assistance and special assistance to refugees were doubled
as a share of GDP. Moreover, family benefits, which had
declined from 4.6 percent of GDP in 1993 to 3.7 percent in
1997, began to rise again in 1998. Nonetheless, it was still
only 3.5 percent in 2003.
According to Swedish policy scholars Joachim Palme and
Irene Wennemo, family benefits were subject to "temporary
retrenchment rather than reform", but the cuts were modest
and there was no restructuring. Sweden experienced a
combination of cuts in transfers (cash benefits), increases
in taxes (higher social security contributions), rising
unemployment, and declining wages. It is this fourfold
combination-this quadruple whammy-that hurt children and
their families most, not the cuts in benefits and services
alone, which were really quite modest. Indeed, policies and
programs for children and their families have clearly been
As of mid-1998 child allowances had returned to their
nominal high of a few years earlier (only slightly below the
real high) and were worth about 7.5 percent of average
manufacturing wages, the supplementary benefit for larger
families was re-instated, benefit replacement rates had been
increased to 80 percent of prior wages, the block grants to
municipalities for social services including child care were
close to the high level of the earlier 1990s, the budget was
in surplus and the surplus was projected to be even larger
for next year. By 2001, child allowances were above their
earlier real high, 950 SEK for each of the first two
children and still higher for subsequent children. The
benefit was raised again several years later.
In short, the Swedish welfare state may be less generous
today than a dozen years ago but child-related benefits and
services have been protected. Benefit replacement rates are
generous. Child allowances are now above their earlier real
levels at 1050 SEK. Single parent families have been
protected. In a comparative sense, the Scandinavian model
remains extraordinarily generous, indeed the most generous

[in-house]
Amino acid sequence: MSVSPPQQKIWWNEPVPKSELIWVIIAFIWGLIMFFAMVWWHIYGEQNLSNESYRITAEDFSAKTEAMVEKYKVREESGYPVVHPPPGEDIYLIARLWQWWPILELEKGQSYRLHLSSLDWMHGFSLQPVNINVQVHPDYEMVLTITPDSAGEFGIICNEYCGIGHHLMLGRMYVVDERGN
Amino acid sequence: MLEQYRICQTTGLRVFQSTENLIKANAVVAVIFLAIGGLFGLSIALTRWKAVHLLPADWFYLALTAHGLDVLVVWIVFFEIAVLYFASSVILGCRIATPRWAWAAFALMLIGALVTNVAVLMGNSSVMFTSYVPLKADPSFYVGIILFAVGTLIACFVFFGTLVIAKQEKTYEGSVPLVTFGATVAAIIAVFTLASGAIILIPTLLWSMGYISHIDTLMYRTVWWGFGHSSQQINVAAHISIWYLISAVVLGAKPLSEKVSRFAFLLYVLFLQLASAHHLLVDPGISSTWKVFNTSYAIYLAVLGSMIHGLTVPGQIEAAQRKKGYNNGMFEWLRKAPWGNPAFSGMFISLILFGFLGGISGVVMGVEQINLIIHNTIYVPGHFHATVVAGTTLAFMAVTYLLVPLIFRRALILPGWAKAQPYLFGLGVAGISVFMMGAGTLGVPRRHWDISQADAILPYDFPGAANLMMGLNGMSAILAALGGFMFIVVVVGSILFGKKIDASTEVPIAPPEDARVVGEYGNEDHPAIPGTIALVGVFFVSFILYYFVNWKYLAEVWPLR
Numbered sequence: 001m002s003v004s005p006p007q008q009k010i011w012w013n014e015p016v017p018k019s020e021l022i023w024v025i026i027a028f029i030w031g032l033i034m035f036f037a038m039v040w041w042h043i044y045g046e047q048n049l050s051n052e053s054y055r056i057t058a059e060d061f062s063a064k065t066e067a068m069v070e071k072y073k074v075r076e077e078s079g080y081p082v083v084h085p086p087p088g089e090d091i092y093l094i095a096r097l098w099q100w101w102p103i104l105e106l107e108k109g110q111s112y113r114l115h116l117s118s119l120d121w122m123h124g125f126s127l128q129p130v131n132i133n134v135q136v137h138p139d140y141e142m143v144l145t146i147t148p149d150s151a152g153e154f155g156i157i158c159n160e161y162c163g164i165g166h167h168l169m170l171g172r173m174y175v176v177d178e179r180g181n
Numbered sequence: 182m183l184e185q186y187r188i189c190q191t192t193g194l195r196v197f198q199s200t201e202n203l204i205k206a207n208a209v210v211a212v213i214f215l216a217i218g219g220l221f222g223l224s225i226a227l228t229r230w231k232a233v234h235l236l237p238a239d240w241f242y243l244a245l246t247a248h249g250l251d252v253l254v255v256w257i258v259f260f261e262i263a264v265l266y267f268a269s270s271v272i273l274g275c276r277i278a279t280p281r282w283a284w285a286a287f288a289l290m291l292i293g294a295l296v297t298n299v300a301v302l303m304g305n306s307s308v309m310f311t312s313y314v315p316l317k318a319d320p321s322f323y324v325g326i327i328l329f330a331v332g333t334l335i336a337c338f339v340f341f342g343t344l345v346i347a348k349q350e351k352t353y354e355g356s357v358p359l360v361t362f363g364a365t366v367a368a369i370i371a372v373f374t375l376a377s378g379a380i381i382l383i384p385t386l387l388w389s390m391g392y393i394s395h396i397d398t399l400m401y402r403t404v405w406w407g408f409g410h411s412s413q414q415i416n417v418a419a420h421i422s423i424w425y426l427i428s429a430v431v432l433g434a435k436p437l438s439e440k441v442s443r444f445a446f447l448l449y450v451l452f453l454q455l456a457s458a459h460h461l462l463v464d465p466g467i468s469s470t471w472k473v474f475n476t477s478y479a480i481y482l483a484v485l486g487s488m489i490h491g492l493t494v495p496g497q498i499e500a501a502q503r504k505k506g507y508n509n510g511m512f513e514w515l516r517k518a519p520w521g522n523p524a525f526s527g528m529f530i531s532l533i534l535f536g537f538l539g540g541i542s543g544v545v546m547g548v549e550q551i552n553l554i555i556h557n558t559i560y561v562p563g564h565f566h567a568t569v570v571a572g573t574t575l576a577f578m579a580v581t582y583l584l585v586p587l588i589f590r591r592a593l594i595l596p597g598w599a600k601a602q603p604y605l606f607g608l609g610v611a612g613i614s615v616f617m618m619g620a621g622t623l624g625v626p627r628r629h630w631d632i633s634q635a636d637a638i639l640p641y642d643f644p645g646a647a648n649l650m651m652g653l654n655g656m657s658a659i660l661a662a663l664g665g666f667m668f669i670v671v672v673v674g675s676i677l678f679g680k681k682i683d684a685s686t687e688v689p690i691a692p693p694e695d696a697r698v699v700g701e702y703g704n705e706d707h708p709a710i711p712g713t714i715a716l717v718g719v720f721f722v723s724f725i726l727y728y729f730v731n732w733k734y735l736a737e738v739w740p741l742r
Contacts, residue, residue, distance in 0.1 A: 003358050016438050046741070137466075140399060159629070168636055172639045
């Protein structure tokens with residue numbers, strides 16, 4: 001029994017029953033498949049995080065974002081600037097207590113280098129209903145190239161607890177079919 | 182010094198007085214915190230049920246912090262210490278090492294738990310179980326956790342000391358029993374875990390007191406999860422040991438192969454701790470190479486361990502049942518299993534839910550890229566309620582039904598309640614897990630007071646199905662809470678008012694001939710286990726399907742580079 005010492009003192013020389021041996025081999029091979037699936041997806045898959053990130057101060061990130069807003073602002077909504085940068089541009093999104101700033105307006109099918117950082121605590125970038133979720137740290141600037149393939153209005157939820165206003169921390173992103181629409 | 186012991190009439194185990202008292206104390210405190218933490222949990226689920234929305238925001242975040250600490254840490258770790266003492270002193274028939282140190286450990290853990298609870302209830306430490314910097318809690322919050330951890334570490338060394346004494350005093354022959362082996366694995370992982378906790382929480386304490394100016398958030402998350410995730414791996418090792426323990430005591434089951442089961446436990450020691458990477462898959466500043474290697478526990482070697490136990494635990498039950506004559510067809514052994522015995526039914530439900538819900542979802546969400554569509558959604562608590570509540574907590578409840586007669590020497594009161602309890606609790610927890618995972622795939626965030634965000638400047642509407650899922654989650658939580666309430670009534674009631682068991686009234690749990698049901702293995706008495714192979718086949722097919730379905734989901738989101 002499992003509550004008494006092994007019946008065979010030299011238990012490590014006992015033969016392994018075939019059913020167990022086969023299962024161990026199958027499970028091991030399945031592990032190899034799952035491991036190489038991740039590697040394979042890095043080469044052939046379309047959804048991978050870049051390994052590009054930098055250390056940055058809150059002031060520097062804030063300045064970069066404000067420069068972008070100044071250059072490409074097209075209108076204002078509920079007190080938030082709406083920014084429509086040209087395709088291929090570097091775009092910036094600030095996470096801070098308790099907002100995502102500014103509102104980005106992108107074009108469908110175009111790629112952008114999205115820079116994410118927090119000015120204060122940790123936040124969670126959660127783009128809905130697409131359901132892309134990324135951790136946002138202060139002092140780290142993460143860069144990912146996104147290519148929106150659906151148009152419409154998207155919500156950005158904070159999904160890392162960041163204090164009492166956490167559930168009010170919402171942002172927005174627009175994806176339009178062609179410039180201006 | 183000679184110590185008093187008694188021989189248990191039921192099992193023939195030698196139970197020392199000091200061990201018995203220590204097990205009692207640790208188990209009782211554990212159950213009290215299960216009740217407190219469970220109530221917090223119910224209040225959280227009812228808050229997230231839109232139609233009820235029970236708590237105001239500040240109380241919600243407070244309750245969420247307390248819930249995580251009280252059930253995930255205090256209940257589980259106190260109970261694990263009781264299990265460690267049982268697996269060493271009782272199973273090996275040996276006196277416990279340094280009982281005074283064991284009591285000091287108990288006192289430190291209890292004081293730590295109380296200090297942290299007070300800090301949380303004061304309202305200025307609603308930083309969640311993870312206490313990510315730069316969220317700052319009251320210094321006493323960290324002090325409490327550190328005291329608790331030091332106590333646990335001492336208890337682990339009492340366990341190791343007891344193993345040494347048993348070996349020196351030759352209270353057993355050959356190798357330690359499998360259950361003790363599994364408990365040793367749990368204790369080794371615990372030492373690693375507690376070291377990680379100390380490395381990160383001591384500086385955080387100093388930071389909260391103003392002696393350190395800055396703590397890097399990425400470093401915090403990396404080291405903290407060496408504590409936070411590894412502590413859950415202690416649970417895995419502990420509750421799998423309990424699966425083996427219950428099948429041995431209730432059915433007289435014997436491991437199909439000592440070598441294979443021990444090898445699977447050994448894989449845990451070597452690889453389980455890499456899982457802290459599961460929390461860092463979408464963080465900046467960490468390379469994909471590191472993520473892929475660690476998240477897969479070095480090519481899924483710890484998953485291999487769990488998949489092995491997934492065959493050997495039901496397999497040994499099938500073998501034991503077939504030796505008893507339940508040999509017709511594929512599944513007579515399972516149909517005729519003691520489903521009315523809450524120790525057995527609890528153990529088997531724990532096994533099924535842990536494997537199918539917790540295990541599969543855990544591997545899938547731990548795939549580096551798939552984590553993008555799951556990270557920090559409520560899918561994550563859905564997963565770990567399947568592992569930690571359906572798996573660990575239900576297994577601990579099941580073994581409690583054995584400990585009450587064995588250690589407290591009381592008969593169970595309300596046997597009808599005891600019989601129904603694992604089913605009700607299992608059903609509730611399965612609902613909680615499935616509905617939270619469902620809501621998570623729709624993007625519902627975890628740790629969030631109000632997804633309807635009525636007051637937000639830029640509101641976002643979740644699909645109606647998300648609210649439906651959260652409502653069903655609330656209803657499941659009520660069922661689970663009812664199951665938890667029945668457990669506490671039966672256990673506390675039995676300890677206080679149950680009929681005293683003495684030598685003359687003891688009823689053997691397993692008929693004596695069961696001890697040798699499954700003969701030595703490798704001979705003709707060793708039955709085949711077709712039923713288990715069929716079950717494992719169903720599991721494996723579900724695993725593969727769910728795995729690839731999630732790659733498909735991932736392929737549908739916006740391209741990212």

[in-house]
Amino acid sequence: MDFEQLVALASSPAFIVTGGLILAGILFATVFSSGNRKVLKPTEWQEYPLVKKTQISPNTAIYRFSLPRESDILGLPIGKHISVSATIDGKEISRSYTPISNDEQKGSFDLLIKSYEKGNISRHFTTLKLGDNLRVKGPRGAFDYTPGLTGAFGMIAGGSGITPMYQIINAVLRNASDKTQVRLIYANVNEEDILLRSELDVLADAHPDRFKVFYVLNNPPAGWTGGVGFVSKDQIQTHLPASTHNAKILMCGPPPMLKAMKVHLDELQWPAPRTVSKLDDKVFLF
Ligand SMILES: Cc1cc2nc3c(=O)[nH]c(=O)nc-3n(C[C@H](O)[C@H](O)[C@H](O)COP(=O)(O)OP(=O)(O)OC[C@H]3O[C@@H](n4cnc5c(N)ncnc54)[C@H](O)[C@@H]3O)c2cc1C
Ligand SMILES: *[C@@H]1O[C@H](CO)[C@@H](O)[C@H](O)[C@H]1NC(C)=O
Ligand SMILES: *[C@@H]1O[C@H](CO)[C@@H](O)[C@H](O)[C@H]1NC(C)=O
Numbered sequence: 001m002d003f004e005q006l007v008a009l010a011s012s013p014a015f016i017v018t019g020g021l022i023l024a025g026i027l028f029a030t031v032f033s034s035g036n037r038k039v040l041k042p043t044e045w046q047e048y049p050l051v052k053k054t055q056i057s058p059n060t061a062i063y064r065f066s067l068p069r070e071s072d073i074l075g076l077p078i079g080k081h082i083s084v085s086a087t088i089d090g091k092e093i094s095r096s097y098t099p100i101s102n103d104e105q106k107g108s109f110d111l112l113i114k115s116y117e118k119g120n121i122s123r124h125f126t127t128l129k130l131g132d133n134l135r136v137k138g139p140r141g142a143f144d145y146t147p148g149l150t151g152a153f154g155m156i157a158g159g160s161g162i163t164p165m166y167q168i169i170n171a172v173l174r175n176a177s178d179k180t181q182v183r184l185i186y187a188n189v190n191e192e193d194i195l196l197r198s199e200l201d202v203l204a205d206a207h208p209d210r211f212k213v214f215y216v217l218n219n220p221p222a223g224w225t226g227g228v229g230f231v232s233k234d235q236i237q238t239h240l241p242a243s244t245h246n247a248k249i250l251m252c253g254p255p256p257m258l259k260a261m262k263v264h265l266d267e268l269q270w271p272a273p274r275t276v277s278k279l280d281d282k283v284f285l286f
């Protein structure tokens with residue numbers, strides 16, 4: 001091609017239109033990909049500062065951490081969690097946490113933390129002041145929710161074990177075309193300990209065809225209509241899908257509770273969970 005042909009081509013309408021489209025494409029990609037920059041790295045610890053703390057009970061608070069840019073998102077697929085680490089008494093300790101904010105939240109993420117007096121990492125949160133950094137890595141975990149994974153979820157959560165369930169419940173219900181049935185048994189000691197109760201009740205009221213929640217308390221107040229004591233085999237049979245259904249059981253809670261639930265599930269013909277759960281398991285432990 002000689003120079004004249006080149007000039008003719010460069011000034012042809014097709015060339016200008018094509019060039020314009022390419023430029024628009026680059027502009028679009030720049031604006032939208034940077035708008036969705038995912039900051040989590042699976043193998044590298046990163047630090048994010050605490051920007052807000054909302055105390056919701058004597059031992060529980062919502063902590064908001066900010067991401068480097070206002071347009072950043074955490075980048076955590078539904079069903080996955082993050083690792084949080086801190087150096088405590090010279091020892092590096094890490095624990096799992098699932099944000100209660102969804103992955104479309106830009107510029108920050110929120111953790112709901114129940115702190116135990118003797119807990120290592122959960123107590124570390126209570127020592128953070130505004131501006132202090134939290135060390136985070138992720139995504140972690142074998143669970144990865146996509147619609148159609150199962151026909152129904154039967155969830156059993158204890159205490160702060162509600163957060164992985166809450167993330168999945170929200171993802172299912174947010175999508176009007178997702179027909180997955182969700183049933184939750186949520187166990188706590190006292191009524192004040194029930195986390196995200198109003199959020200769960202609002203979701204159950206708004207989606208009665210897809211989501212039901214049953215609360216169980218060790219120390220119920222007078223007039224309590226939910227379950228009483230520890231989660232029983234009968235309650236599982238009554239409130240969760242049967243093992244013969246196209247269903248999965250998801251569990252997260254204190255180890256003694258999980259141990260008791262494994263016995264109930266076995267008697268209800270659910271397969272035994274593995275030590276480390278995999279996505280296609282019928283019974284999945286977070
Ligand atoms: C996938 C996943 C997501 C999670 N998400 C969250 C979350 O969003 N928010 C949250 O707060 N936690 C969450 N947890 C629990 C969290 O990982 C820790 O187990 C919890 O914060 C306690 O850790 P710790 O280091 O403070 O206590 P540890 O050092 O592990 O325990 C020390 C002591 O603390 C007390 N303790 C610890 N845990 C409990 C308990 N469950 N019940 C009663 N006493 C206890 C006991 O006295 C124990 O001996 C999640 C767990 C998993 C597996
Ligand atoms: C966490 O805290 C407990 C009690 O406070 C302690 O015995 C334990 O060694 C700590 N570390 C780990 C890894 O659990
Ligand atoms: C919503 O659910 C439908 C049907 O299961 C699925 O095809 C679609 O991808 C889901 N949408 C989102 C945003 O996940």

of all countries in the OECD, especially to children and
their families. Nonetheless, in its 2006 national report on
social conditions in Sweden, the National Board of Health
and Welfare highlighted two current challenges affecting
young people and their families. They first is the
increasing difficulty for youth of establishing themselves
in the labor market, particularly for those with a foreign
background. The second is the increase in ethnic
segregation in the metropolitan areas and the polarization
of social environment between native-born persons and
persons perceived as foreign by the majority of the
According to data provided by the Swedish Ministry of
Health and Social Affairs (2003), Swedish family policy
continues to be based on the principles of universality and
individual rights. It comprises: child and family cash
benefits, parent insurance, high quality child care, and
advance maintenance. Family benefits are aimed at reducing
the income disparities between those with children and those
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The major government agencies responsible for family policy
are the Ministry of Health and Social Affairs, the National
Board of Health and Welfare, the Ministry of Education and
Research and the National Agency for Education, the National
Social Insurance Board and regional and local offices. The
final governmental responsibility for children rests with
the locality (municipality). The local government is
responsible for early childhood education and care (ECEC),
education, dental care and medical checkups of children, and
leisure time activities for children and youth. ECEC
services previously were administered by the National
Welfare Board, but in 1996 were transferred to the Education
Demographic and Other Social Trends
Sweden has a population of about 9 million, and is the
largest of the Nordic countries. Children constituted about